Same scenario as an injured dog really. Dogs get very bored without physical exercise or mental stimulation, so taking them out into the world, even if it’s just in a stroller, is a help. All with your vet’s approval of course!!
A quick update here, as things have changed since my original writing of this article. Six months after publishing, my dog Jack became paralyzed suddenly – it happened within a matter of hours. He was fine at 7:00am and by 2:30pm his back legs were no longer working. Long story short he had spinal surgery and during his recovery we relied a lot on Red’s stroller. It wasn’t enough to just take him out to pee and poop, he needed to see his pals and have a change of scenery.
With the approval of his neurologist I took him out for short periods in the stroller, and I saw the difference it made when he was able to be outside.
Easier than a carrier to transport pets
If you’re going to the vet, or need to transport your dog (or more than one pet) for any number of reasons, a stroller is easier than using a pet carrier. Carriers can be awkward to carry, never mind heavy even with the smallest animal inside. If you have any kind of physical limitations that prevent you from lifting heavy objects, than a stroller is the way to go.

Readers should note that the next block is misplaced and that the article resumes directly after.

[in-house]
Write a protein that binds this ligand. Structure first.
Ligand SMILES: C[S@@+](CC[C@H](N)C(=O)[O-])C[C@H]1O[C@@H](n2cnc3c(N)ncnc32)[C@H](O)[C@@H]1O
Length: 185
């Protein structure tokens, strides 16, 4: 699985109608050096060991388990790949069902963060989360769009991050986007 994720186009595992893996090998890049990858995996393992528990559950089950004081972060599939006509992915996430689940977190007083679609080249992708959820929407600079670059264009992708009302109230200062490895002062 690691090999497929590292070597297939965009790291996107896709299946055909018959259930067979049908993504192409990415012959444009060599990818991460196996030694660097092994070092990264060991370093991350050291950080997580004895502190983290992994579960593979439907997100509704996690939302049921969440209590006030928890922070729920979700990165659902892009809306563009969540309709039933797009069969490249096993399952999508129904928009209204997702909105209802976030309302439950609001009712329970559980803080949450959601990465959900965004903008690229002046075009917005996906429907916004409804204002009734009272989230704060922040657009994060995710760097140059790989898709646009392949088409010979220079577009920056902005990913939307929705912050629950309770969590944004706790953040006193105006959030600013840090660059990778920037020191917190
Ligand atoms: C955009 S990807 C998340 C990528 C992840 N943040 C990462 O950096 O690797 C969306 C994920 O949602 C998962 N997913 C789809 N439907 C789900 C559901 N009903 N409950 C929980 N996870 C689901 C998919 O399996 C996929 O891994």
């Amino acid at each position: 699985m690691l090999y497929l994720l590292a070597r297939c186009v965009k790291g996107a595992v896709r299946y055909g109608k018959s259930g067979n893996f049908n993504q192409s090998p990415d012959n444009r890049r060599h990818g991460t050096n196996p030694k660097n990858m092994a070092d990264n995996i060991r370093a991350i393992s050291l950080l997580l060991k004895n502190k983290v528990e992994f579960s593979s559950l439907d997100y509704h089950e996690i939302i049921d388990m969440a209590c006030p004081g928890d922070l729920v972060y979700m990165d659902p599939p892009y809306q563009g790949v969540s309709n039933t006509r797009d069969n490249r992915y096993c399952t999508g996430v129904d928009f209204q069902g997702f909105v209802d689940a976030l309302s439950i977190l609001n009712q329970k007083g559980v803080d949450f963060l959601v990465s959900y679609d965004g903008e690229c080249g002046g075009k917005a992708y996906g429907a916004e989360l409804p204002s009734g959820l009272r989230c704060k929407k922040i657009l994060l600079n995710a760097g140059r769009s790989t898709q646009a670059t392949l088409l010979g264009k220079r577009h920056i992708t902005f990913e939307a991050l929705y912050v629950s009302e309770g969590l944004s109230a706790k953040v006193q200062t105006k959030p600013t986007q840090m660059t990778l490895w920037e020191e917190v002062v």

Longer outings with your small dog
We all know there are plenty of small dogs who can walk for what seems like hours, without getting tired. If this is not your small dog, than a stroller is a good option.
A stroller is the perfect compromise for those times when you would like to take your dog for a day out, but you know he (or she) won’t have the stamina! Let your dog walk as much as he wants or is able to, then hop in when he needs a break.
Our dog Jack has lots of energy, but after a couple of hours of walking and running, he fades about halfway home. He hops in the stroller with Red, takes a short break to recharge, then lets us know when his second wind kicks in and he’s ready to carry on walking.
Visits to the vet
Do you live within walking distance of your vet? Would you, at times, like to be able to get that nice long walk in, but it’s a bit out of range for your dog? Get your dog, get your stroller, put your sneakers on, and start walking. When it’s too much for the dog, time to start pushing.